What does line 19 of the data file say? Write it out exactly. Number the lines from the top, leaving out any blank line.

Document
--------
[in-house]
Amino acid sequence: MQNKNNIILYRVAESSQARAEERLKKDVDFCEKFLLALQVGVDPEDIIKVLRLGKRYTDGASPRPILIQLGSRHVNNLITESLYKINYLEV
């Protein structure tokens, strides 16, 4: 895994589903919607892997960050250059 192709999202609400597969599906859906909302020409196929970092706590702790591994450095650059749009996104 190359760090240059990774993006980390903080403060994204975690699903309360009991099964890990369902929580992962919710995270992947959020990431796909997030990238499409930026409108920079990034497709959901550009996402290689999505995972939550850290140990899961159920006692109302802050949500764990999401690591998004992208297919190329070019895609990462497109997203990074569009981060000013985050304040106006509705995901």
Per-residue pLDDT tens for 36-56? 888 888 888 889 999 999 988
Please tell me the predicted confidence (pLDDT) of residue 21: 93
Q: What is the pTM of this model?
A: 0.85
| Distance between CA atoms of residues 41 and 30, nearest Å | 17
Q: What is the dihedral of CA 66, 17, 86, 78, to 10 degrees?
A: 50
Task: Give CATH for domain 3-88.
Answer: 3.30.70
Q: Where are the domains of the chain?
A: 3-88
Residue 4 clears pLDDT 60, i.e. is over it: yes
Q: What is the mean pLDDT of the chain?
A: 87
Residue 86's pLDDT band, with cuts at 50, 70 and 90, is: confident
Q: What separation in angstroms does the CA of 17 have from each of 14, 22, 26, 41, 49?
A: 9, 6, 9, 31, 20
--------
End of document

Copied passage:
Q: What separation in angstroms does the CA of 17 have from each of 14, 22, 26, 41, 49?